When you try cooking your pasta like this, you’ll see why everyone’s raving.

Pouring the cooking water into the sink and rinsing the pasta noodles in a colander under cold running water after they’re done cooking.

You watched your mother do this when you were a kid and you were fooling around “helping her” in the kitchen. She, in turn, picked it up from observing her mother cook when she was a young girl herself.

But the question is whether any of you should be doing it at all?

Contrary to what most home cooks think, it isn’t a good idea to rinse the pasta after cooking. This washes the surface starch off the pasta, making it harder for the sauce to stick to it.

The only time it’s acceptable to give a good rinse to your pasta and coat it with olive oil after cooking is when you’re preparing a cold salad (or other cold pasta dishes) and you want the shapes to play along well with the other ingredients without being sticky and starchy.

To understand why, let’s talk about what pasta is made of—and how the right technique for the cooking process can make or break your home-cooked pasta dish.

Why You Shouldn’t Rinse Pasta

Pasta in its simplest form is made from durum wheat flour that’s mixed with water and sometimes eggs, then extruded into noodles or shapes (in the case of lasagna, the dough is pressed into sheets).

The main ingredient of pasta, in other words, is durum wheat flour—the powder obtained from the milling of durum wheat, a variety of spring wheat that contains 70% starch and 14% gluten along with fat, fiber, and minerals.

The key to understanding why you shouldn’t rinse pasta is starch.

Starch is the white powdery carbohydrate that all plants produce for their nourishment. It stores energy that the cells of the plant can easily access when needed.

Starch comes in the form of tiny, dehydrated granules that absorb water and swell up when cooked.

When you dip spaghetti (or any other type of pasta) in a pot of boiling water, some of the starch granules detach from the surface and turn the cooking water white and starchy. The rest stay on the surface of the noodles and give them their distinct stickiness.

Now that you know all of this, let’s talk about why pouring the cooking water into the sink and rinsing the noodles with cold water is the last thing you want to do to your pasta.

First of all, the white, starchy, and salty cooking water is liquid gold.

Instead of pouring it all down the drain, keep some of it in a cup and add a ladle or two to the pasta sauce as you’re simmering it on the stove.

Not only will this ameliorate the aroma and flavor of your pasta sauce, but the starchy pasta water will also help improve the sauce’s consistency by helping to thicken it.

This technique is one of the best kept secrets of traditional Italian cookery—and one of the main reasons why pasta tastes so different in Italy than it does in the United States. It’s also an amazing way to improve store-bought pasta sauce.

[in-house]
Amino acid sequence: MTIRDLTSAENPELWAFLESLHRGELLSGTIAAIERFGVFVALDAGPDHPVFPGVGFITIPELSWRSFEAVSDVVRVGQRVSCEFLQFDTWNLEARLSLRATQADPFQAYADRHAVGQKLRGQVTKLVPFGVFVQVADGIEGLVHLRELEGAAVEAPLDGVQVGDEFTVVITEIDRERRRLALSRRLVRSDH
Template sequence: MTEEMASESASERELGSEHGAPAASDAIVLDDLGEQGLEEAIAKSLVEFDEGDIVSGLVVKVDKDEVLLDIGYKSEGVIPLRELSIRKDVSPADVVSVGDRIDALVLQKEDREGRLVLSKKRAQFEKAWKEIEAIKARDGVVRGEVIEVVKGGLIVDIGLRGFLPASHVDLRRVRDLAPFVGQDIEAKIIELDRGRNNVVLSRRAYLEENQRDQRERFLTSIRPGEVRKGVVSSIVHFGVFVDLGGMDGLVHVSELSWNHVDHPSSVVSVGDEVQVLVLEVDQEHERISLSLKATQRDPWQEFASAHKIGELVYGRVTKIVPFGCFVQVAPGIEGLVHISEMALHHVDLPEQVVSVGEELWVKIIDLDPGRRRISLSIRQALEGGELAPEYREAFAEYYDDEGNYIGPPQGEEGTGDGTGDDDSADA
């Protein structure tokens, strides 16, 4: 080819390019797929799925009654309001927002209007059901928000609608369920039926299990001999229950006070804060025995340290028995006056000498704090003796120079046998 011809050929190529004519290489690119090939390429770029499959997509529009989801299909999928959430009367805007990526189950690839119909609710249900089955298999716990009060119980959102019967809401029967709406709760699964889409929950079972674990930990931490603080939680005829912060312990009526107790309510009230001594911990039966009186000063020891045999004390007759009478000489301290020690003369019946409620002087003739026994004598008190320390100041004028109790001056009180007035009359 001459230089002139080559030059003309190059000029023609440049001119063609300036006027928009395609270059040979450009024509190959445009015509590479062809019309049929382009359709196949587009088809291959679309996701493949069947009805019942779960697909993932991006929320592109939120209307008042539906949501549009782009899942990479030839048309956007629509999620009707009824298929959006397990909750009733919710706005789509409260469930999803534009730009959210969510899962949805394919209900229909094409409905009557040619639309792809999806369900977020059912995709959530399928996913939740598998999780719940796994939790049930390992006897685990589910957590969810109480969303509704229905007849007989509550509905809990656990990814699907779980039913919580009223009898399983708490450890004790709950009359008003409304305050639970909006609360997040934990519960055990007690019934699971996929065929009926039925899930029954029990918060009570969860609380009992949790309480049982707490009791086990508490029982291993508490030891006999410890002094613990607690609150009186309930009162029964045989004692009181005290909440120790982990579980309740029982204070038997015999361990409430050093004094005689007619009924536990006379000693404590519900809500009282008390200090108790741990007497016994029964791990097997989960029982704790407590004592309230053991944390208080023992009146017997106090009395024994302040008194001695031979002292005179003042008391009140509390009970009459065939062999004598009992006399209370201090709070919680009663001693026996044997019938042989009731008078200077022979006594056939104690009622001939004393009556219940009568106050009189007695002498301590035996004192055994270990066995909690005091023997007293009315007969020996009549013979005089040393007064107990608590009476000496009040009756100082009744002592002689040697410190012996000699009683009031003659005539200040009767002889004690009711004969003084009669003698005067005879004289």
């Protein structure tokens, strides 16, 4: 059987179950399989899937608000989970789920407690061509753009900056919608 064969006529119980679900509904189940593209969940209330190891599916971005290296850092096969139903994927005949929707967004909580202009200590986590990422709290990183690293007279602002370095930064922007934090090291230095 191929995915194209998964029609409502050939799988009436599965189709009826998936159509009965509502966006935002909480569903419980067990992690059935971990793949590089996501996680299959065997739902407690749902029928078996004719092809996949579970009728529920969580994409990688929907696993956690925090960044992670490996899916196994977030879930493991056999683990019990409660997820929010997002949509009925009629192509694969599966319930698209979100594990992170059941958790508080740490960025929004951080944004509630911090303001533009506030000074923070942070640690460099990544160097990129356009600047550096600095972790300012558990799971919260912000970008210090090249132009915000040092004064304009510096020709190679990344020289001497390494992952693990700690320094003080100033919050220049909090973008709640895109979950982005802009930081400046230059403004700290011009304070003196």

Second, the surface starches on the pasta assist the absorption of your sauce.

You don’t want to wash them away, because then the sauce wouldn’t adhere as well to the cooked pasta and, no matter how delicious your sauce, the finished dish would come out tasting bland.

Instead, what you want to do is strain the pasta from the cooking water and, without rinsing it, mix it with the sauce that you just made. I prefer to do this directly in the pan, right after the pasta and sauce are cooked and I have turned off the heat.

How to Cook Pasta to Perfection

Salt a large pot with enough water liberally and, over high heat, bring it to a rolling boil.

While you’re waiting for that, open a can of peeled tomatoes, crush them in a large bowl with your hands, and set the bowl aside. Mince a few cloves of garlic, pour a glug or two of cooking oil in your pan and preheat it over medium.

When the oil in the pan begins to ripple and shimmer, add the garlic and sauté, stirring constantly, for 20 to 30 seconds. Since garlic burns quickly, you should add the crushed tomatoes to the pan as soon as you can smell the aroma of garlic in the kitchen.

Season the sauce with a pinch or two of salt, reduce the flame to medium, and let it simmer. The water in your pot should be boiling (or about to boil) by now. When you see big bubbles forming in the water and bursting playfully, add the pasta, give it a quick stir to keep it from sticking, and cook al dente, for 2 minutes less than the time indicated on the package.

In the meantime, continue cooking the pasta sauce and give it the occasional stir. Halfway through cooking, skim off a ladle of cooking water, add it to your sauce, and stir it in.

If you time this right (it takes a while to learn the ropes, so don’t get discouraged if you don’t do this exactly as I say the first few times), the pasta will be ready when the sauce has thickened. Turn off the flame, strain the pasta without rinsing it, and mix it with the sauce in the pan.

Plate the pasta, grate a generous amount of parmesan on top, give it a generous cracking of black pepper, garnish with a few fresh basil leaves, and then serve.

Your perfect pasta supper is cooked.